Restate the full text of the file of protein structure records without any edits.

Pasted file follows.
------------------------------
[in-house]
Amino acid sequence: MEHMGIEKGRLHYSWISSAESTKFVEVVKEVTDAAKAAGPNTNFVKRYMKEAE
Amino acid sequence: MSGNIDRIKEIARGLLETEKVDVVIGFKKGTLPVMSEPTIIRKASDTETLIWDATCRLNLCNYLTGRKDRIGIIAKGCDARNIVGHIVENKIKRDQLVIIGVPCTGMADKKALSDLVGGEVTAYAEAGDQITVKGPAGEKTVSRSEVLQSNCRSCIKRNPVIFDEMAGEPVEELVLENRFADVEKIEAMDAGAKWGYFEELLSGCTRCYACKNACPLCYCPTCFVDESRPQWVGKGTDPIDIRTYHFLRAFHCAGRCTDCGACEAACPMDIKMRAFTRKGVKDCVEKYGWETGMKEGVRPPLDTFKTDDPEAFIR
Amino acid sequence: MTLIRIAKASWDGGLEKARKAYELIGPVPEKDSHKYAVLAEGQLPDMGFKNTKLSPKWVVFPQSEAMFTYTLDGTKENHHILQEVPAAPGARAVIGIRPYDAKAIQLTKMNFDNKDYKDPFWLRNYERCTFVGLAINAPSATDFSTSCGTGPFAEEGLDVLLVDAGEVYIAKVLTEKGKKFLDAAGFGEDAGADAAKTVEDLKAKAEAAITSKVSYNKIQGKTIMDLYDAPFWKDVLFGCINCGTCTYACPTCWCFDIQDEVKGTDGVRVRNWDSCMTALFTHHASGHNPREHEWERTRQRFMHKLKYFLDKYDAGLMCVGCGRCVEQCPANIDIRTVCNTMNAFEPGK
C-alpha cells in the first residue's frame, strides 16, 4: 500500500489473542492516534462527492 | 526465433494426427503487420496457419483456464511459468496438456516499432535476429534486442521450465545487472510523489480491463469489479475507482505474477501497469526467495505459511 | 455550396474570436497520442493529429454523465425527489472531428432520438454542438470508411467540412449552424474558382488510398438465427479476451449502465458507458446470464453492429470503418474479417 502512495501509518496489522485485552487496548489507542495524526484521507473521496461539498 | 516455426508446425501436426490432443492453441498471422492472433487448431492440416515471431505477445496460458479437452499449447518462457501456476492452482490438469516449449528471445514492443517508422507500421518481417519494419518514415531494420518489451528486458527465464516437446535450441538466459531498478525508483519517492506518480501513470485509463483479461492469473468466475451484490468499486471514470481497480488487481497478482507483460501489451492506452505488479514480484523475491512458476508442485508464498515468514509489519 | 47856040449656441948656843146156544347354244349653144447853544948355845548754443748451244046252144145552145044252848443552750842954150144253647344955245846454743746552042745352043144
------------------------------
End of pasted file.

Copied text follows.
[in-house]
Amino acid sequence: MEHMGIEKGRLHYSWISSAESTKFVEVVKEVTDAAKAAGPNTNFVKRYMKEAE
Amino acid sequence: MSGNIDRIKEIARGLLETEKVDVVIGFKKGTLPVMSEPTIIRKASDTETLIWDATCRLNLCNYLTGRKDRIGIIAKGCDARNIVGHIVENKIKRDQLVIIGVPCTGMADKKALSDLVGGEVTAYAEAGDQITVKGPAGEKTVSRSEVLQSNCRSCIKRNPVIFDEMAGEPVEELVLENRFADVEKIEAMDAGAKWGYFEELLSGCTRCYACKNACPLCYCPTCFVDESRPQWVGKGTDPIDIRTYHFLRAFHCAGRCTDCGACEAACPMDIKMRAFTRKGVKDCVEKYGWETGMKEGVRPPLDTFKTDDPEAFIR
Amino acid sequence: MTLIRIAKASWDGGLEKARKAYELIGPVPEKDSHKYAVLAEGQLPDMGFKNTKLSPKWVVFPQSEAMFTYTLDGTKENHHILQEVPAAPGARAVIGIRPYDAKAIQLTKMNFDNKDYKDPFWLRNYERCTFVGLAINAPSATDFSTSCGTGPFAEEGLDVLLVDAGEVYIAKVLTEKGKKFLDAAGFGEDAGADAAKTVEDLKAKAEAAITSKVSYNKIQGKTIMDLYDAPFWKDVLFGCINCGTCTYACPTCWCFDIQDEVKGTDGVRVRNWDSCMTALFTHHASGHNPREHEWERTRQRFMHKLKYFLDKYDAGLMCVGCGRCVEQCPANIDIRTVCNTMNAFEPGK
C-alpha cells in the first residue's frame, strides 16, 4: 500500500489473542492516534462527492 | 526465433494426427503487420496457419483456464511459468496438456516499432535476429534486442521450465545487472510523489480491463469489479475507482505474477501497469526467495505459511 | 455550396474570436497520442493529429454523465425527489472531428432520438454542438470508411467540412449552424474558382488510398438465427479476451449502465458507458446470464453492429470503418474479417 502512495501509518496489522485485552487496548489507542495524526484521507473521496461539498 | 516455426508446425501436426490432443492453441498471422492472433487448431492440416515471431505477445496460458479437452499449447518462457501456476492452482490438469516449449528471445514492443517508422507500421518481417519494419518514415531494420518489451528486458527465464516437446535450441538466459531498478525508483519517492506518480501513470485509463483479461492469473468466475451484490468499486471514470481497480488487481497478482507483460501489451492506452505488479514480484523475491512458476508442485508464498515468514509489519 | 47856040449656441948656843146156544347354244349653144447853544948355845548754443748451244046252144145552145044252848443552750842954150144253647344955245846454743746552042745352043144